I was recently asked whether, as a childless woman I’m afraid of dying alone.
The rationale for asking was – well you don’t have children (or siblings for that matter), women tend to live longer than men, so surely that means you’ll die alone, doesn’t it?
Maybe it does, maybe it doesn’t.
Can you predict the future?
I certainly can’t.
I can’t predict what will happen next week, never mind what will happen in (let’s be optimistic) thirty plus years. And I’m certainly not going to spoil today by worrying about something that may or not may not happen many years in the future.
So in answer to the question.
I’m not worried about dying alone and neither should you be.
What I am concerned about, and you should be too, is living now; making the absolute most of my life today, now, this moment.
Because in the end, that’s all there is; this moment.
It’s not surprising that we’re always looking at what’s missing in our lives as Western culture is focused on making us feel like we constantly ‘need’ to have and to be more. Brené Brown describes this as a culture of scarcity, one in which we always feel ‘never…. enough.’ We’re bombarded by advertisements and social media showing others living a ‘perfect’ life and it can be hard to resist.
How many times a day do you think ‘I’m not…. (happy, good, perfect, thin, successful……) enough’?
How many times a day, do you think ‘I’ll be happy when….’?
And, be honest now,
How much do you focus on what’s missing from your life,
How often do you think about what a ‘wonderful’ life you’d have if only you had children?
I thought so.
And when you focus on ‘never enough’ or what’s missing, is it making you happy?
I thought not.
There is another way.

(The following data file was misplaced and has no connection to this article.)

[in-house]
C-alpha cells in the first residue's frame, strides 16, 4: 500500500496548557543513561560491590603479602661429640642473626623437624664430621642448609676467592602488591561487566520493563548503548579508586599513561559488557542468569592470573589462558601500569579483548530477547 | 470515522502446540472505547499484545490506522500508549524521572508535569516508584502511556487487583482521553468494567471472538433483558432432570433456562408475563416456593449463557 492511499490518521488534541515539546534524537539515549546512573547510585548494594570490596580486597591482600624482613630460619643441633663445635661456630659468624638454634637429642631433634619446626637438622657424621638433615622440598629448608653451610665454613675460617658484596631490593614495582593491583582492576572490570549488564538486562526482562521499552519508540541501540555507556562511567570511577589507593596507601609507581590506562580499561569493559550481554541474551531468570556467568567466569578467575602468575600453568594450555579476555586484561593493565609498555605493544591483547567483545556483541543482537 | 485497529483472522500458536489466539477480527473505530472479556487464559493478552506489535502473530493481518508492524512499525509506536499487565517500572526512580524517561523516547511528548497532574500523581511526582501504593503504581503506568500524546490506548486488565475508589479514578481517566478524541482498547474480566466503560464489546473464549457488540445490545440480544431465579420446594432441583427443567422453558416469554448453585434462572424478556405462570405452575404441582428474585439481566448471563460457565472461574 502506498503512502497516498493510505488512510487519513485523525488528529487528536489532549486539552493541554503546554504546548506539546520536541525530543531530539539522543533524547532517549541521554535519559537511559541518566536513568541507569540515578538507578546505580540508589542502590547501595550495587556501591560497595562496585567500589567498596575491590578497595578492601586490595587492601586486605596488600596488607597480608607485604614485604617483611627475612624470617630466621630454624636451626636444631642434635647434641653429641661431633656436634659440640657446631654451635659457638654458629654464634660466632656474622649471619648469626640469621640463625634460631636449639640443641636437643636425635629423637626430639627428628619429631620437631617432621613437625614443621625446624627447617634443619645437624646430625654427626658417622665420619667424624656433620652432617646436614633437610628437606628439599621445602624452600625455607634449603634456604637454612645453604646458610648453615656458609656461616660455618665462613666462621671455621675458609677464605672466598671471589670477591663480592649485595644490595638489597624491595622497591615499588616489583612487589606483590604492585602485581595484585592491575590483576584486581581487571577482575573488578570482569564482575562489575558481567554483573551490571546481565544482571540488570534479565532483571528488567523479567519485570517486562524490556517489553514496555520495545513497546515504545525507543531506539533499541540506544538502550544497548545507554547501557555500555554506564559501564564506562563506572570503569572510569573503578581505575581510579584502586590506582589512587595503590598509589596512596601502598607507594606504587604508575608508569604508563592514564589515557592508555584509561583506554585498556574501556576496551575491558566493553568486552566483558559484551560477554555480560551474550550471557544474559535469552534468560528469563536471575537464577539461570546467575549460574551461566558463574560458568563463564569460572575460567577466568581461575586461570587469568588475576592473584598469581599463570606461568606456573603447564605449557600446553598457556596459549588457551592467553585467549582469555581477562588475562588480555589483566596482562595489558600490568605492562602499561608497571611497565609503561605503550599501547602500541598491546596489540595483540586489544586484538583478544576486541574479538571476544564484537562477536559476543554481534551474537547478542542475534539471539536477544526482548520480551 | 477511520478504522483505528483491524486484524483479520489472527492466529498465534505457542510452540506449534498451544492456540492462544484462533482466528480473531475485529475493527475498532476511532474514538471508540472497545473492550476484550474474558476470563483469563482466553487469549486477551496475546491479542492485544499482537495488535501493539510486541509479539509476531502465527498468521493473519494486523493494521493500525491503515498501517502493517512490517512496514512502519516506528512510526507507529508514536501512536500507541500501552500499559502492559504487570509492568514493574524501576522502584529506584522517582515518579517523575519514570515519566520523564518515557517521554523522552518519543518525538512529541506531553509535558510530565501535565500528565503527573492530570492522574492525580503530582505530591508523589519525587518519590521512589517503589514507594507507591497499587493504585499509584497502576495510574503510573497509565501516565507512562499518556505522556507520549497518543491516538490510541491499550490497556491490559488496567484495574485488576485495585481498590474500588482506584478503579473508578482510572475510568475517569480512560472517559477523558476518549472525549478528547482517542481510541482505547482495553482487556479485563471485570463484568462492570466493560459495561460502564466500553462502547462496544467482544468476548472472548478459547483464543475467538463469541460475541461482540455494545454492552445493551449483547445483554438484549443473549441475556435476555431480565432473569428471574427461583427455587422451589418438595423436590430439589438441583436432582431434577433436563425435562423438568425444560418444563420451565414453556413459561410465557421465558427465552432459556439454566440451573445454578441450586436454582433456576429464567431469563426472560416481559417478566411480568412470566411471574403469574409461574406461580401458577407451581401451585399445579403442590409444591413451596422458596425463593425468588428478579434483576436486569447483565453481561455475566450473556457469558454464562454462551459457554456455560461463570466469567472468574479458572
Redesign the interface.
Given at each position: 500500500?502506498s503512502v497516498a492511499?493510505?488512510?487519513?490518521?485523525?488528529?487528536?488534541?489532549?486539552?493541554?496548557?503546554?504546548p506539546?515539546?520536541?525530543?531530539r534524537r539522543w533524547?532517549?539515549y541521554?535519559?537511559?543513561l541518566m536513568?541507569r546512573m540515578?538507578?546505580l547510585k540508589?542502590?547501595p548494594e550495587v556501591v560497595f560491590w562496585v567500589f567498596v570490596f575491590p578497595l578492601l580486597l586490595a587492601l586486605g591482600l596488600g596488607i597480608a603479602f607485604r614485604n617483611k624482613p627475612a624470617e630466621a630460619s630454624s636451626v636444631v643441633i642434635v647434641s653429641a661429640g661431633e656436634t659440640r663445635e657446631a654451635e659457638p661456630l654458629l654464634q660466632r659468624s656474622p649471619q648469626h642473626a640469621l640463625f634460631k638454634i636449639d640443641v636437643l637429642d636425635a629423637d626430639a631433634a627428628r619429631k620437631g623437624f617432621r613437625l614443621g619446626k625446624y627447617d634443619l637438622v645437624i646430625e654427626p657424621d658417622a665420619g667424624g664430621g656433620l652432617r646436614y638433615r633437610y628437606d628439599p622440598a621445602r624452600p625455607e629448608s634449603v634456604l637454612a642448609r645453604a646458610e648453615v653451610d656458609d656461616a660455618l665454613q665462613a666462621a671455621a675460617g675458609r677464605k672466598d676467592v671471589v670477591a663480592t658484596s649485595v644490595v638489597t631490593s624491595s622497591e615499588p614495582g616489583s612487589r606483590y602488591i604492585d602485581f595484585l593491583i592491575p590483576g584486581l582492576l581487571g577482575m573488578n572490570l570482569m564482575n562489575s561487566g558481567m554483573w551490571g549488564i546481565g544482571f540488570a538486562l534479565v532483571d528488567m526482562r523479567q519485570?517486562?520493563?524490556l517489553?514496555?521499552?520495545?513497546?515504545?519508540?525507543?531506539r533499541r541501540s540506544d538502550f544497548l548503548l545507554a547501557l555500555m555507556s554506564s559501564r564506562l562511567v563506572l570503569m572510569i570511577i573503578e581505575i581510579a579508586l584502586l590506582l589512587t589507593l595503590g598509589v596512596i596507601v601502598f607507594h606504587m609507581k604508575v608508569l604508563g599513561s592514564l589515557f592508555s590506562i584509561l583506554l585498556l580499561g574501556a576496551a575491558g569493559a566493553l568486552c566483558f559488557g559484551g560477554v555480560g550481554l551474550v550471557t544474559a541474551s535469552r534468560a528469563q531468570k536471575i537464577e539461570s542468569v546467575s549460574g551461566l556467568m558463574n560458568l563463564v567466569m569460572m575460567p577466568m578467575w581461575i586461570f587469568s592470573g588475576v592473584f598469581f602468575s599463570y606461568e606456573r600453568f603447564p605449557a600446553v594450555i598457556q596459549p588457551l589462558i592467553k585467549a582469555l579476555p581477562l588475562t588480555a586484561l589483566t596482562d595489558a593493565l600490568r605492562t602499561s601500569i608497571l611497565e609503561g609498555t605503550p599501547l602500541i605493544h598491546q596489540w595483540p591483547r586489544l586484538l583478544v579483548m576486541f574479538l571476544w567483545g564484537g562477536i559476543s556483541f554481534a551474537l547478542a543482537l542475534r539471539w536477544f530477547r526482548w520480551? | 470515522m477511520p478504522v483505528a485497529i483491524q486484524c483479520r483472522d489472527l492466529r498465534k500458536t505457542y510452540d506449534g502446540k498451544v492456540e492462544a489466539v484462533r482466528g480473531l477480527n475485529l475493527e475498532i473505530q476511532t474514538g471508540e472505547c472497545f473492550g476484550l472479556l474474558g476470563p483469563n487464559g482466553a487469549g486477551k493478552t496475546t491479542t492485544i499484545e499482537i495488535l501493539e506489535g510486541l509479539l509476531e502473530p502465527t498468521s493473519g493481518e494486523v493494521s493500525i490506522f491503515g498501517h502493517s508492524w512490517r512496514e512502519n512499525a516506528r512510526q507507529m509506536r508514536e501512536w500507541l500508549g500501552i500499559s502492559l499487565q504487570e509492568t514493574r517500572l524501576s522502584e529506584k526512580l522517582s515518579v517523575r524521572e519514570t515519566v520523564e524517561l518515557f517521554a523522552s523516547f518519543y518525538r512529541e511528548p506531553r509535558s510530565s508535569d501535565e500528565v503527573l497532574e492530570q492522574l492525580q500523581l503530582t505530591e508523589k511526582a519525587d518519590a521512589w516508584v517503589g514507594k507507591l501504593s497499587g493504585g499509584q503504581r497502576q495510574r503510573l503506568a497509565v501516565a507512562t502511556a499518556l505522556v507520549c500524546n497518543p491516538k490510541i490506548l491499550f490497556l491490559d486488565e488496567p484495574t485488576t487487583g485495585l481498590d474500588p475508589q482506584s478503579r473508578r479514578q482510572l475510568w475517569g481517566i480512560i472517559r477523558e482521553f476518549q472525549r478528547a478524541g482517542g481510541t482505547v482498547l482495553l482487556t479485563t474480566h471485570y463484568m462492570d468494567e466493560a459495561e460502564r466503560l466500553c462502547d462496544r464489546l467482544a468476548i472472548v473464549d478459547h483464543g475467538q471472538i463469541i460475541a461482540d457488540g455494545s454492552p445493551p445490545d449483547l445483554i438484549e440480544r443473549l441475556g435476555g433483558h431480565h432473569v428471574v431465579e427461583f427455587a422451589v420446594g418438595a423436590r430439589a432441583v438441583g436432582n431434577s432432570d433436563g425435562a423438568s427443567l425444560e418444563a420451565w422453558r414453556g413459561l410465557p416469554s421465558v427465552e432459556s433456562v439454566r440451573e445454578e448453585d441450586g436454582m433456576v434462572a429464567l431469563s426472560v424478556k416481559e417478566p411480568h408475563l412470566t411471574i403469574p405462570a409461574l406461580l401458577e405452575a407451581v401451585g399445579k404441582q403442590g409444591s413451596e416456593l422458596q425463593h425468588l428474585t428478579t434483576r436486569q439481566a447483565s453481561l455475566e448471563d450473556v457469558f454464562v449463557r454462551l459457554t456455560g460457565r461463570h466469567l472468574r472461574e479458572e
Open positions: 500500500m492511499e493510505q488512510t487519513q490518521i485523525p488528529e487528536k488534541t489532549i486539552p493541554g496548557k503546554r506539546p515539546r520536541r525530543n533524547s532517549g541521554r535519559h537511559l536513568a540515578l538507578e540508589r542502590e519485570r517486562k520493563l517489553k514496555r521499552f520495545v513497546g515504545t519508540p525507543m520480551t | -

What if you embraced your life as it is, in this moment, warts and all?
What if you focused on what you HAVE in your life instead of what you don’t have?
How would that change your life?
But you know that constantly focusing on that one thing you can’t have isn’t going to make you happy, don’t you?
So for a moment think about what you DO have in your life. Maybe pause and make a list of ten good things about your life. If ten is too many start with five, or three.
At the top of my list are freedom and flexibility, and just about everything else flows from these. It’s because of this freedom and flexibility that I live a life I love, which brings me joy and excites me every day.
Let me give you an example. As I write this, today was the funeral of a friend and business colleague. She was 60 and definitely didn’t die alone. When she first became ill, she told me that once she’d got over the shock of starting chemotherapy, one of her first thoughts was ‘what’s the gift in this?’ And she inspired me to write this blog.
So if she could find the gift in having chemotherapy, I’m sure you can find something positive in your life.
I’m not saying that you shouldn’t strive to make changes in your life. What I’m saying is that worrying does sap today of its joy and most of what we worry about never happens anyway. So I don’t know about you but I’d rather have joy today.
Three ways to live more in the moment.
Here are three ways to put this into place and live your life more in the moment.
- The first is obvious, use the list you just made above. Do more of the good things in your life, especially those that bring you joy.
- If you find yourself rushing, pause for a moment, look around and appreciate the beauty around you and in the moment.
- Consider what nurtures and re-energises you and do more of these. For me that’s things like reading, being outside, spending time on my own and spending time with close friends.
If I’m completely honest, the future is where I spend a lot of time. Not the distant future, but a few days or weeks hence, so being in the present is a challenge for me. I’m very much a work in progress and practicing mindfulness meditation is also helping.
None of us know what the future holds and I’m determined to make every day count.
I want to get to the end of my life and have plenty of wonderful memories to sustain me and to say confidently ‘yes I lived my life to the full.’
What about you?
Please leave your thoughts below (you don’t have to use your real name).
If you want to stop worrying about dying alone so that you can live today to the full how about booking a complimentary session via my online diary and we’ll spend 20 to 30 minutes discussing how you can do this. The hard sell is not my style and I know you’ll get something from our conversation.